And lobes of dismal-flavored sea urchin served over thick lardo and heavy toast were just dreadful: the eighth band after Nirvana to write loud-soft-loud music and call it new.
Get on over to Eater and read the interview w/ Sean Brock. It does the best job I've seen of articulating the vision he has for Husk. One thing that Brock emphasizes which bears repeating is that Southern food is a blanket term for a variety of distinct regional cuisines, rather than a specific cooking style. As a result, Husk is a rigorously ingredient-driven and compelling restaurant, while in the hands of a lesser cook, the food from the South rule would have been somewhere between an albatross and a gimmick. Go read the whole thing.
Especially nice to see some love for noted Gamecock polymath David Shields, who evidently has a terra cotta army of himself holding it down at the distingushed professor day job, so he can produce a definitive guide to heritage vegetables.
Also, if Charleston is not on your summer itinerary, Sean Brock will be making a return visit to Tony Maws at Craigie on Main on July 12th. When Tony went to Charleston this spring, it went down like this. Craigie will have more deets on this meal this week.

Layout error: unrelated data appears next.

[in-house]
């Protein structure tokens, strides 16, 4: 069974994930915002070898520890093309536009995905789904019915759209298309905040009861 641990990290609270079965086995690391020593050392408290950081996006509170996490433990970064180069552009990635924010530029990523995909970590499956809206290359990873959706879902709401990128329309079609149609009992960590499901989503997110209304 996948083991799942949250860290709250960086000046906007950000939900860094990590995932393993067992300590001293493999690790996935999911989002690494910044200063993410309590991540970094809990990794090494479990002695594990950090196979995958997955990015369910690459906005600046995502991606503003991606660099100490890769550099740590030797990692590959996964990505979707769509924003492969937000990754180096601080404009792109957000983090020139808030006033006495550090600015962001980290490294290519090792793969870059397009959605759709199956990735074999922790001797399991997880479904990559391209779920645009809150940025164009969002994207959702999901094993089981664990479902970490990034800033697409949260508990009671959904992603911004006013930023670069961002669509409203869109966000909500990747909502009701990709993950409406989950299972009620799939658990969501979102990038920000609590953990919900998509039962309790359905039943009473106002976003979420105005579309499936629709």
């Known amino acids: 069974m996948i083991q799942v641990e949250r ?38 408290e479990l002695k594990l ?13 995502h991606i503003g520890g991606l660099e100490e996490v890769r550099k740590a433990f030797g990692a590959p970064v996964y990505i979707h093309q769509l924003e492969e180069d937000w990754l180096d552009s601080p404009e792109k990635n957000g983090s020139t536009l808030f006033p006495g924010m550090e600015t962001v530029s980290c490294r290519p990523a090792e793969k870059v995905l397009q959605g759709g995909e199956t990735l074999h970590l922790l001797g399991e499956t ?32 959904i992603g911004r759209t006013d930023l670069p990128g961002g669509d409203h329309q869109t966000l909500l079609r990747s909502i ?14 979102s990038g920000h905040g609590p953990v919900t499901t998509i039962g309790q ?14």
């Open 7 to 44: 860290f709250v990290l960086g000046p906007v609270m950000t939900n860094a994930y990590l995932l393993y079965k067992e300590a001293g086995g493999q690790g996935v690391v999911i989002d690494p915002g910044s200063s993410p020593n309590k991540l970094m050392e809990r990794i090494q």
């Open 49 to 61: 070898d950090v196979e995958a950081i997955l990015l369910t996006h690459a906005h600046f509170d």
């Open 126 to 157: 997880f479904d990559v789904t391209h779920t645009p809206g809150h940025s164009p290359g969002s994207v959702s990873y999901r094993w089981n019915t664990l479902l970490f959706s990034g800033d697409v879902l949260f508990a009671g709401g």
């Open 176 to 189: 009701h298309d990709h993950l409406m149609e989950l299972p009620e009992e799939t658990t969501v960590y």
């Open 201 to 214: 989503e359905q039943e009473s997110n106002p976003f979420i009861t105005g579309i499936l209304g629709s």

I hope that this guest cheffing thing catches on. Folks in the Southeast seem to turn up in one another's kitchens on the reg, but it would be fun to see more. In particular, I'd like to see Sean head to LA for Lou(Brock).
Anchower, I know, but the Cod, cinetrix and @Emmainthe864 have been in Joad mode for the last several days. But duty calls -- last week we let Guiteau Monday celebrate Memorial Day, but now it's back, sunburned and still hung over.* But, with a little help from the DPRK, we are back at it. How do you lead your famine-stricken nation out of grinding poverty and Dark Ages technology? With a global chain of casual dining restaurants, of course! As I understand it, it would be as if we addressed the USA's woes by nationalizing Applebee's and opening them in Latin America.
Again, stymied Sifton Soundtrackwise, but interesting to see a feature on Todd English of all people. Who knows, if this is intentional, but it has some of the implicit Behind The Music feel of David Kamp's Charlie Trotter piece from a while ago. DI/DO could give this real estate to an up-and-coming chef you don't know about, maybe even not one from Brooklyn, or maybe do a feature on some unheralded and influential chef from days of yore? But neither of those would be as much fun to read as another tale of squandered promise, right? Anything else ever written about English will be not as good as Grimes's review from back in the day, but a decade on, we see a lack of focus, writ large, and it ain't pretty. I was surprised to learn that Boston Mag, whose normal approach to local chefs leans toward the kneepads and chapstik, had gotten a good bit of mileage out of a "breakup letter" to Todd English conceit. Once again, the Aldous Snow comparisons are hard to avoid.